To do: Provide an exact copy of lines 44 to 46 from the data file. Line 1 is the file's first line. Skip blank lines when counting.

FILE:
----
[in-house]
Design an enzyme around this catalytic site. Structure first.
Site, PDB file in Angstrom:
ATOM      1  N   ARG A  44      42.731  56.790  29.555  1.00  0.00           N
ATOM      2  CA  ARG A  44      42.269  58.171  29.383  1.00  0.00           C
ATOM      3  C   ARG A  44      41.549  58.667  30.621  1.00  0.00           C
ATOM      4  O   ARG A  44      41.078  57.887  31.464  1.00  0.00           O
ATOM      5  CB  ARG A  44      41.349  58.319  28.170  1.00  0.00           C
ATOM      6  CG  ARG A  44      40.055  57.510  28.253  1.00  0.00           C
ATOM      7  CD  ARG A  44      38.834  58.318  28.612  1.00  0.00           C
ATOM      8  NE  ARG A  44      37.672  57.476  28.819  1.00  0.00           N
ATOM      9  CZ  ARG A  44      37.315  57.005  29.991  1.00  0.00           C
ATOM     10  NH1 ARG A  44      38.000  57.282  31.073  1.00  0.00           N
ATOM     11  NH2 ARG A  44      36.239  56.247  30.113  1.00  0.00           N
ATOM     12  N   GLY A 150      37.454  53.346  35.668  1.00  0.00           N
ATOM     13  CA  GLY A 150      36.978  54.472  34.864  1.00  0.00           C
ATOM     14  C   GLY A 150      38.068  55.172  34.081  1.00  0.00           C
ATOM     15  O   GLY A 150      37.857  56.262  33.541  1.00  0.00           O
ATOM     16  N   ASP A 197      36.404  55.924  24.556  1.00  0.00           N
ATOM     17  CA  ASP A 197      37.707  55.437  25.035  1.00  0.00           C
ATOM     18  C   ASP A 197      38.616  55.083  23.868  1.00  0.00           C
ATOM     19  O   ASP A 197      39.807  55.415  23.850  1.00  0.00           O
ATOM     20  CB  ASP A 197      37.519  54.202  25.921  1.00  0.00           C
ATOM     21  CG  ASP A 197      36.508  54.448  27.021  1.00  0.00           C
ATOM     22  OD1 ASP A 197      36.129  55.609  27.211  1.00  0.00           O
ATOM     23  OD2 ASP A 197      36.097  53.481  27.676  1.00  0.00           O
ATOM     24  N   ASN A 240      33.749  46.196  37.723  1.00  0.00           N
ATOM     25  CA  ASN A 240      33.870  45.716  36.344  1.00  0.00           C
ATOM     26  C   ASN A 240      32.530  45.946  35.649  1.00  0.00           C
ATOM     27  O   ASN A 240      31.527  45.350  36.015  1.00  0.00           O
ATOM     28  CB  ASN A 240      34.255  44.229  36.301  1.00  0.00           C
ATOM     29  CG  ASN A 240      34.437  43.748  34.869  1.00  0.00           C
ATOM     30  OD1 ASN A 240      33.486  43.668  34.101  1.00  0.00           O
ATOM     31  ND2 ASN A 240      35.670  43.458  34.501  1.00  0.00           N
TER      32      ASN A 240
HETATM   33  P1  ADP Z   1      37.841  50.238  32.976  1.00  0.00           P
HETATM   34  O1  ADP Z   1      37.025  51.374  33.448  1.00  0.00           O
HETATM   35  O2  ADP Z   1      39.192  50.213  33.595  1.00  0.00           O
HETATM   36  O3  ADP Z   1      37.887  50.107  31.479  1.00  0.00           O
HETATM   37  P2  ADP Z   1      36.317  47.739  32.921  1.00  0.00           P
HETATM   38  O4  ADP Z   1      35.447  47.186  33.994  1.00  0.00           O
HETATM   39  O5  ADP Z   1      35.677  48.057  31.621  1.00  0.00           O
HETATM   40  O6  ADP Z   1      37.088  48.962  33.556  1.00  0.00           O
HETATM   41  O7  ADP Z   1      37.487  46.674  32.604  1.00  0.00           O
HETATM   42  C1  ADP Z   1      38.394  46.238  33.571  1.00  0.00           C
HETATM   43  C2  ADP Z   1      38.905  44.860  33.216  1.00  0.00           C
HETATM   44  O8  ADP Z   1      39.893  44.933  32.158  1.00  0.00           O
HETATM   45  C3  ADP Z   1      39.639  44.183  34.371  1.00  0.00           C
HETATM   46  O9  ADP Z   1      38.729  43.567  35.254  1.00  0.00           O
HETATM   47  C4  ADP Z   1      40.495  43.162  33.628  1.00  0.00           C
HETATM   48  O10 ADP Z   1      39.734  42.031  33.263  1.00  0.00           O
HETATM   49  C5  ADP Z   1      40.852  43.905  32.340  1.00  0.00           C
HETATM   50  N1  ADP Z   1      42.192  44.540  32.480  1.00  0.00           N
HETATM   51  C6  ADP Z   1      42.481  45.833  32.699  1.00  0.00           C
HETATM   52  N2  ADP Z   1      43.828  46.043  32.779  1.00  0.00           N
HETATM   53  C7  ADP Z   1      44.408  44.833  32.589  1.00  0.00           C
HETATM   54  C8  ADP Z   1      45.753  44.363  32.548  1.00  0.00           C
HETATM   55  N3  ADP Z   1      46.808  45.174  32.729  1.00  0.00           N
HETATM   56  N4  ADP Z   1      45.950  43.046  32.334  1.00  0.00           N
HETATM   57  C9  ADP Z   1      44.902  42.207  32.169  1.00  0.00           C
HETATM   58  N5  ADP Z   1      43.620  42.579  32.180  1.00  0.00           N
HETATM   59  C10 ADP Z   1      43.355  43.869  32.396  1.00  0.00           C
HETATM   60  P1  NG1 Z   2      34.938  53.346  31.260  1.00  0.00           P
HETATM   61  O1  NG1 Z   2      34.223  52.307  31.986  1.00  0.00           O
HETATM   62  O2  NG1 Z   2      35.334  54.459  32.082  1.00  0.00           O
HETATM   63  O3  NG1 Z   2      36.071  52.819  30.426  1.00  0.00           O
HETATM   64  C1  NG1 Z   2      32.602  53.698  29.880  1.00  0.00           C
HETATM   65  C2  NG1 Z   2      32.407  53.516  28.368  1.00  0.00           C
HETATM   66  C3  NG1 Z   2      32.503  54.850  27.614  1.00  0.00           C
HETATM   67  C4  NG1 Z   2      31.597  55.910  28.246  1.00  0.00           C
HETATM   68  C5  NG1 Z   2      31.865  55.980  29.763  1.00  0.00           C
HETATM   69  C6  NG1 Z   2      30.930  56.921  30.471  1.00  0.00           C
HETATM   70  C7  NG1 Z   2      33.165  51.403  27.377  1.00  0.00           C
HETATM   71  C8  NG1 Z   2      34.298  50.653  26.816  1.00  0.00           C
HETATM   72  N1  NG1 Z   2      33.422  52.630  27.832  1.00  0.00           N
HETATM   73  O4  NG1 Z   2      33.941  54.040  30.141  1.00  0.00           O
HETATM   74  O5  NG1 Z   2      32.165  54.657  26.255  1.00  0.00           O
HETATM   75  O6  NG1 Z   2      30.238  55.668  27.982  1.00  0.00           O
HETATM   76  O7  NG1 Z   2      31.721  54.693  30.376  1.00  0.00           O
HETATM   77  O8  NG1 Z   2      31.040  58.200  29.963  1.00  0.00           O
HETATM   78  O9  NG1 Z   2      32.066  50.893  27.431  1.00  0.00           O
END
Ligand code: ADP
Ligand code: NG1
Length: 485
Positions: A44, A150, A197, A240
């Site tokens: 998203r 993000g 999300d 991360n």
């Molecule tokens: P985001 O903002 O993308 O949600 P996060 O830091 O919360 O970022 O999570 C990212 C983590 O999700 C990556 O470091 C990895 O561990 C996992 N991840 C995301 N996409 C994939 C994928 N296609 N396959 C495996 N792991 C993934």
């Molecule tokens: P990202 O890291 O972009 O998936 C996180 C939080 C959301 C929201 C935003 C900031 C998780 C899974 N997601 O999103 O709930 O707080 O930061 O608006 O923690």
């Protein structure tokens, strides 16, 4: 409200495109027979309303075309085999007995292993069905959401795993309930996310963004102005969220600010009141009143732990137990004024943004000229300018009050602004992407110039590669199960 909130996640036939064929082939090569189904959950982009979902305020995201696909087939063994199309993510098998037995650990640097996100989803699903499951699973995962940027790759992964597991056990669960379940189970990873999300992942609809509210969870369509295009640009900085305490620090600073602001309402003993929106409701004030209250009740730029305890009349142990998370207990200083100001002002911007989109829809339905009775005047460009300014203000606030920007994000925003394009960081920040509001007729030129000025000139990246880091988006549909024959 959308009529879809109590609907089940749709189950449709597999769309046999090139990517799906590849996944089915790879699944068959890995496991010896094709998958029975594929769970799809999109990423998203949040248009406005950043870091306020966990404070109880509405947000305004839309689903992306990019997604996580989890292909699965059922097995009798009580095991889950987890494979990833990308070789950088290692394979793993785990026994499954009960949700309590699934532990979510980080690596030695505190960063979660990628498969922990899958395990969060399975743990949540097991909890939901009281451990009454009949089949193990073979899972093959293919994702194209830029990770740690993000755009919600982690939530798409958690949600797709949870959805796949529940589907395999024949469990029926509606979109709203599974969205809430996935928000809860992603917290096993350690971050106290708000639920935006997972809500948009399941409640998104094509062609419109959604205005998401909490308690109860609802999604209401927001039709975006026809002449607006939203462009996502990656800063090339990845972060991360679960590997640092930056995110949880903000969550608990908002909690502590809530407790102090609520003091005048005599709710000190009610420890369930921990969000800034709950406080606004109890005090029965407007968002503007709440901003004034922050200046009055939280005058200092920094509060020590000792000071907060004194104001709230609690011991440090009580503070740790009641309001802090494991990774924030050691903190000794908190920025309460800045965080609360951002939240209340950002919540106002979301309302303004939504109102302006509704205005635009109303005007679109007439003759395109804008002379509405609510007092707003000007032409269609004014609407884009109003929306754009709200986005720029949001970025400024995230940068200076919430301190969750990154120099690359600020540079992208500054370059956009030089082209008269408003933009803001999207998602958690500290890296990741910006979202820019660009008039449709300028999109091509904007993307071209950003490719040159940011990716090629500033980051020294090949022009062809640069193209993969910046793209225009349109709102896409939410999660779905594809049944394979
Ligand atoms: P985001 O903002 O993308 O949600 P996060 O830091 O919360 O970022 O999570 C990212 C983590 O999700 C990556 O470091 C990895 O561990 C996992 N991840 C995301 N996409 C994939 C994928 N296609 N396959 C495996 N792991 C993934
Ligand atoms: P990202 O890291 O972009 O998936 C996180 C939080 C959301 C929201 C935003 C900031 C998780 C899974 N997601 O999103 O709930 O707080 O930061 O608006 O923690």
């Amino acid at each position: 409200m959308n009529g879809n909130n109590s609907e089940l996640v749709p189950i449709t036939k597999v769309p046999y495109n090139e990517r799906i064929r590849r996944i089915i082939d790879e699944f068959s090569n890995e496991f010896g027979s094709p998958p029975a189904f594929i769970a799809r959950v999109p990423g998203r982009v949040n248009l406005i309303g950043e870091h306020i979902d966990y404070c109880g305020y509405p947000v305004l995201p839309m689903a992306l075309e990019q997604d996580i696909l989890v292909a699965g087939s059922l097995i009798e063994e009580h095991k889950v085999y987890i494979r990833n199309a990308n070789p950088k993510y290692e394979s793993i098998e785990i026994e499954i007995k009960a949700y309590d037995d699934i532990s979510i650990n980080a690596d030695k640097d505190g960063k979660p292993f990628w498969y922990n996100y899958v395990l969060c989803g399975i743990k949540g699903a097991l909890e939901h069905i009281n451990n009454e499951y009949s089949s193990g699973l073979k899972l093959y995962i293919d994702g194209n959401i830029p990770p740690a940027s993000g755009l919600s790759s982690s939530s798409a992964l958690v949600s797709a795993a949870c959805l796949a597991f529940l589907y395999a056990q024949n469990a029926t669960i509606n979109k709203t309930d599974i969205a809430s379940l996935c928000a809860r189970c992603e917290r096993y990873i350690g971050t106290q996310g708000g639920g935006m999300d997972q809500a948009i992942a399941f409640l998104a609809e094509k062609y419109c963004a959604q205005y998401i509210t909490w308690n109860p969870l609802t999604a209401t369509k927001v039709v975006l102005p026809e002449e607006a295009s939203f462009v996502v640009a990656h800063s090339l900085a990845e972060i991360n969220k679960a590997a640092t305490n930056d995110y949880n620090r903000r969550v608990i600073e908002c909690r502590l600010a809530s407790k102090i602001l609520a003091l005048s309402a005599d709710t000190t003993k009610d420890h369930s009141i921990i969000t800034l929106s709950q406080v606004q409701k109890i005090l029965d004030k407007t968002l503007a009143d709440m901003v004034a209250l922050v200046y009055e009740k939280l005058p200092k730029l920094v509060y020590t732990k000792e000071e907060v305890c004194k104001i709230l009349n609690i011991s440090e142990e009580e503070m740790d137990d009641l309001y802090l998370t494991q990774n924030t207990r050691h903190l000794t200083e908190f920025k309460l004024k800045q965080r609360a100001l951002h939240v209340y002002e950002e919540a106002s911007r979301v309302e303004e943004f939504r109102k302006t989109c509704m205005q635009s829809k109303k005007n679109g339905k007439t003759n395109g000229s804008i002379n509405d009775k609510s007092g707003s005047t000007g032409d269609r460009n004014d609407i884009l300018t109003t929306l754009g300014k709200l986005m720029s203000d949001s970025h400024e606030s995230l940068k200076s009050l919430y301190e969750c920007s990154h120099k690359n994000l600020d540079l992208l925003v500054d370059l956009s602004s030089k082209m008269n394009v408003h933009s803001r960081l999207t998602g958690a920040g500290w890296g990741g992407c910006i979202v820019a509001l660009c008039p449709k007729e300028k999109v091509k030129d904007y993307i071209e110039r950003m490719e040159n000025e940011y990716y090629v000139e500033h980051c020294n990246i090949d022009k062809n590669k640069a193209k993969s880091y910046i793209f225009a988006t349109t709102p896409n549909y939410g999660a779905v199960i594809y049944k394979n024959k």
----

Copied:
HETATM   41  O7  ADP Z   1      37.487  46.674  32.604  1.00  0.00           O
HETATM   42  C1  ADP Z   1      38.394  46.238  33.571  1.00  0.00           C
HETATM   43  C2  ADP Z   1      38.905  44.860  33.216  1.00  0.00           C